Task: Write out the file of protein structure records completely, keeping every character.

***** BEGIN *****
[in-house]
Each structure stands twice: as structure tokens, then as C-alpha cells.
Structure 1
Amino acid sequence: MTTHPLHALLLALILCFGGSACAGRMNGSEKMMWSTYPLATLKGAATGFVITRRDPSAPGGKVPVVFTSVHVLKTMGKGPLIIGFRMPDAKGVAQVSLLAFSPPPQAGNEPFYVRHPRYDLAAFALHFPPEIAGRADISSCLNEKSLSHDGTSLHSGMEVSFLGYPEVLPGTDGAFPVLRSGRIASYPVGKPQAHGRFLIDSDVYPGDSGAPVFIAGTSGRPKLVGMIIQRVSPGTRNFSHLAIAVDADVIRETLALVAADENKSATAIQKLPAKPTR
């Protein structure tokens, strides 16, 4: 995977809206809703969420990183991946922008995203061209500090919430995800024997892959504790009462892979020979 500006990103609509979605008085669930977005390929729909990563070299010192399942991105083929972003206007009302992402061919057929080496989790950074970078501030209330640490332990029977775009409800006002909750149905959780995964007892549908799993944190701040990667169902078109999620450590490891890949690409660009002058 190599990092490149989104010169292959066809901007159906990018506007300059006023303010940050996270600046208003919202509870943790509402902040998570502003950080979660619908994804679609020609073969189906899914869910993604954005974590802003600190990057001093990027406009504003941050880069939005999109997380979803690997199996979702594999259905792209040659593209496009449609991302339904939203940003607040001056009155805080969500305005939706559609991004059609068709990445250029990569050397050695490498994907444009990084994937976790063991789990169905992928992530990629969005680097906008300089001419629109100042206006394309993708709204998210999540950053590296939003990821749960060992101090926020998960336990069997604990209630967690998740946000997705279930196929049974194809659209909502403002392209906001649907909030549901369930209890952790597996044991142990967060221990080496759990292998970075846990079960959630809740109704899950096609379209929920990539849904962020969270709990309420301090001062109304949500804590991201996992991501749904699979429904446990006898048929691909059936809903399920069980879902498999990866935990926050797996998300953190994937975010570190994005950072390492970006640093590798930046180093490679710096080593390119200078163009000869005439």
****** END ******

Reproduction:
[in-house]
Each structure stands twice: as structure tokens, then as C-alpha cells.
Structure 1
Amino acid sequence: MTTHPLHALLLALILCFGGSACAGRMNGSEKMMWSTYPLATLKGAATGFVITRRDPSAPGGKVPVVFTSVHVLKTMGKGPLIIGFRMPDAKGVAQVSLLAFSPPPQAGNEPFYVRHPRYDLAAFALHFPPEIAGRADISSCLNEKSLSHDGTSLHSGMEVSFLGYPEVLPGTDGAFPVLRSGRIASYPVGKPQAHGRFLIDSDVYPGDSGAPVFIAGTSGRPKLVGMIIQRVSPGTRNFSHLAIAVDADVIRETLALVAADENKSATAIQKLPAKPTR
């Protein structure tokens, strides 16, 4: 995977809206809703969420990183991946922008995203061209500090919430995800024997892959504790009462892979020979 500006990103609509979605008085669930977005390929729909990563070299010192399942991105083929972003206007009302992402061919057929080496989790950074970078501030209330640490332990029977775009409800006002909750149905959780995964007892549908799993944190701040990667169902078109999620450590490891890949690409660009002058 190599990092490149989104010169292959066809901007159906990018506007300059006023303010940050996270600046208003919202509870943790509402902040998570502003950080979660619908994804679609020609073969189906899914869910993604954005974590802003600190990057001093990027406009504003941050880069939005999109997380979803690997199996979702594999259905792209040659593209496009449609991302339904939203940003607040001056009155805080969500305005939706559609991004059609068709990445250029990569050397050695490498994907444009990084994937976790063991789990169905992928992530990629969005680097906008300089001419629109100042206006394309993708709204998210999540950053590296939003990821749960060992101090926020998960336990069997604990209630967690998740946000997705279930196929049974194809659209909502403002392209906001649907909030549901369930209890952790597996044991142990967060221990080496759990292998970075846990079960959630809740109704899950096609379209929920990539849904962020969270709990309420301090001062109304949500804590991201996992991501749904699979429904446990006898048929691909059936809903399920069980879902498999990866935990926050797996998300953190994937975010570190994005950072390492970006640093590798930046180093490679710096080593390119200078163009000869005439």